By Mike Bird
China's four largest listed banks reported growing profits in first-quarter earnings out this week, even after the collapse in economic activity caused by the coronavirus pandemic.
The impressive ability of major banks to weather the storm won't last the year. There is a direct and awkward trade-off between Chinese banks' asset quality and the support they provide to the economy in a pinch. The cost of their national service will eventually weigh on results one way or another.
Agricultural Bank of China Ltd., China Construction Bank Corp. and Industrial and Commercial Bank of China Ltd. reported net profit growth of 4.8%, 5.1% and 3%, respectively, compared with the same quarter a year earlier. Bank of China Ltd.'s profits were practically flat year-over-year after increased impairments were accounted for.
A rise in earnings might seem unbelievable. Bank profits elsewhere in the world -- and those at overseas banks operating in China -- are collapsing. But being a lender in an economy where credit allocation is often determined by politics, rather than risk, has its advantages during a pandemic.
Perhaps, however, only in the short term.
The figures to keep an eye on as the year goes on are net interest margins and nonperforming loans. Already shrinking margins ticked slightly lower at three of the four, while remaining flat at ICBC. The nonperforming loan ratio was little changed, though the NPL formation ratio -- a measure of how quickly new bad loans are forming -- did tick up at ICBC. Bank of China didn't report NPL figures.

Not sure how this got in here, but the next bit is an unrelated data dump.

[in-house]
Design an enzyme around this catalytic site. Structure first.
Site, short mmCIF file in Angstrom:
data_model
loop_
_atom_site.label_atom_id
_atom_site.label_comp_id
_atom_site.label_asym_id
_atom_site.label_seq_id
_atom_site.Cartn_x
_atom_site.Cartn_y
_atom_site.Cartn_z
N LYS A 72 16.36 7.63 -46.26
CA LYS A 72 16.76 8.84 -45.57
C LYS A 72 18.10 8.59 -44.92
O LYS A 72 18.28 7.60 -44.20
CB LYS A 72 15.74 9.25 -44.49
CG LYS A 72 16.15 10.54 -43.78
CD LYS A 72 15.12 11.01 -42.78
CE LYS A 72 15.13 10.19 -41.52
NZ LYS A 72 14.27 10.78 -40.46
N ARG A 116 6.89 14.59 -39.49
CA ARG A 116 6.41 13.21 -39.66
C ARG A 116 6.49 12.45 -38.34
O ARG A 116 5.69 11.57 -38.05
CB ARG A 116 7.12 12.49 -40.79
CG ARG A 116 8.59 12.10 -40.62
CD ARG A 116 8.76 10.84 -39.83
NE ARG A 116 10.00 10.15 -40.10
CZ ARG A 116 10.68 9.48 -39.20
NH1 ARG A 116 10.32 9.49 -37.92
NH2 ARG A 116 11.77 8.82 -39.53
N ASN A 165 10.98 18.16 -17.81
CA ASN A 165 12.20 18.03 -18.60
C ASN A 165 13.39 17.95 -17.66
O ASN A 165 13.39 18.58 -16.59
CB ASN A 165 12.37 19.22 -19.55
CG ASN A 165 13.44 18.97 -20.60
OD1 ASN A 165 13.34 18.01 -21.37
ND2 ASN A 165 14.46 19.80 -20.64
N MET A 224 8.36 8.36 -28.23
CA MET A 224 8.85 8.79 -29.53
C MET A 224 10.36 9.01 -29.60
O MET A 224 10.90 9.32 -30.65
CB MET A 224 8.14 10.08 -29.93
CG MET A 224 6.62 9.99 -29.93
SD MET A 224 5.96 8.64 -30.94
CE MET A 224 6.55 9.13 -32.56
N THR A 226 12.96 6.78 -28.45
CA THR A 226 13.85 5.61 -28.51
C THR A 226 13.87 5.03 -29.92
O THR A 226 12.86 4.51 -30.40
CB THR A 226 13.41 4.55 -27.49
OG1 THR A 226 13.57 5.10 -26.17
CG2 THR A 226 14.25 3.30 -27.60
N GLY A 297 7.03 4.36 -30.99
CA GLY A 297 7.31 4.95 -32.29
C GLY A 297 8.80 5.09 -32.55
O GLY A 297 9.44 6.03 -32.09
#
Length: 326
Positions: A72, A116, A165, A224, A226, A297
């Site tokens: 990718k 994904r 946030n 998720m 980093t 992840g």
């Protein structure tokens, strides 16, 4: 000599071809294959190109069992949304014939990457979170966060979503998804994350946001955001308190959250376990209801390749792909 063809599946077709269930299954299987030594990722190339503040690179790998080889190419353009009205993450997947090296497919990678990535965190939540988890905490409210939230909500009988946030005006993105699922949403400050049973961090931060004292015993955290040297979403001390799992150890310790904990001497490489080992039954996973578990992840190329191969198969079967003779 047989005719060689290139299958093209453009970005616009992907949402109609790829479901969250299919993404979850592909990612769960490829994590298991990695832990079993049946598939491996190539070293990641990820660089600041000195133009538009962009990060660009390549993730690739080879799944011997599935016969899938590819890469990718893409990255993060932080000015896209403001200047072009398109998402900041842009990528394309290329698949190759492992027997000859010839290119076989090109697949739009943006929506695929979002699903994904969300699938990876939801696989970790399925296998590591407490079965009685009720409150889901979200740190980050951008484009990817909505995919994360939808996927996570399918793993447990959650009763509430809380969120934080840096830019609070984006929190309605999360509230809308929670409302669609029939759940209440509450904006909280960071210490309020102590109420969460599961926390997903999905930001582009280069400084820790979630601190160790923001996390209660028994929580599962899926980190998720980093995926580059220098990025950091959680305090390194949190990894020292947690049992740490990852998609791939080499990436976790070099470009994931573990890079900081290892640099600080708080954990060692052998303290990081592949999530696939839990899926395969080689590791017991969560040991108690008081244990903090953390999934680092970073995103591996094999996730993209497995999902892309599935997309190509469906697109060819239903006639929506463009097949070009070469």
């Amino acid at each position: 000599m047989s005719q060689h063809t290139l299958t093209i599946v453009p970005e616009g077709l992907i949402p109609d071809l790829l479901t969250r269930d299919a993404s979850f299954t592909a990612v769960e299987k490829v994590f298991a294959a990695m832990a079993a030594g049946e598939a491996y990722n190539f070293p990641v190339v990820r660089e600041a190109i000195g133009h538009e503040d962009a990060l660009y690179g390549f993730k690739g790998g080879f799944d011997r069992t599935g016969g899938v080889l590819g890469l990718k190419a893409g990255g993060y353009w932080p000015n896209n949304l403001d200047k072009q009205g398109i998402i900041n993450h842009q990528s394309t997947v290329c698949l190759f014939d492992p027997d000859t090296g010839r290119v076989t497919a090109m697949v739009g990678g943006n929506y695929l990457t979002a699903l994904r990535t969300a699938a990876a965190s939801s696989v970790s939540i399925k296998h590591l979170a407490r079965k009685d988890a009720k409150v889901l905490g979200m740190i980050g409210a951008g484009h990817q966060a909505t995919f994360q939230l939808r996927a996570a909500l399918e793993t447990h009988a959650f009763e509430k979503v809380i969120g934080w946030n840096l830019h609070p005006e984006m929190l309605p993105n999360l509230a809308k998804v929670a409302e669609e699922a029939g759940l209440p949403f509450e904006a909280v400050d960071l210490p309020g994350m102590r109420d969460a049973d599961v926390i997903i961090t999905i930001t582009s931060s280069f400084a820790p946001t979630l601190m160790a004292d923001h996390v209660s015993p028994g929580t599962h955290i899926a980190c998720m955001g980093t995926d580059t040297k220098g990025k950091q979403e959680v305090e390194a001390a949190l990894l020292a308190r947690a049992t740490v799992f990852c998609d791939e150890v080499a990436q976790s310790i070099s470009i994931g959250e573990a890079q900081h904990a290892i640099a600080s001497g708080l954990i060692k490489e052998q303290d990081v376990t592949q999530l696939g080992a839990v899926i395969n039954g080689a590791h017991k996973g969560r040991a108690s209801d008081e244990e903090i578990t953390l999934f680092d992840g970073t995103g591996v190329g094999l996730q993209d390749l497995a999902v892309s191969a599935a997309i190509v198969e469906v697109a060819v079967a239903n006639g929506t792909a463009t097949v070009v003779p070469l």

The first quarter figures don't likely show the full story. UBS research published in March suggests that cheap prices of Chinese bank stocks, which trade at a fraction of their book value, imply an NPL ratio of more like 10% to 12% for major lenders.
New nonperforming loans will be recognized slowly, with major banks pressured to offer forbearance to clients at least until the worst of the economic pressure has ended. Credit-ratings firm Fitch expects the ratio of recognized nonperforming loans to rise to 3.5% this year from 1.5% in June last year, among the banks it analyzes.
Large national banks aren't that exposed to the small- and medium-size private sector businesses that will suffer the worst of the economic damage, but as major state-owned institutions, they are first in line to support smaller and regional lenders which fall into distress.
The coronavirus-related shock for China's major banks hasn't fed through to their results immediately, but it will weigh on them eventually. Delaying recognition of the problem may make the hangover even longer.
Write to Mike Bird at Mike.Bird@wsj.com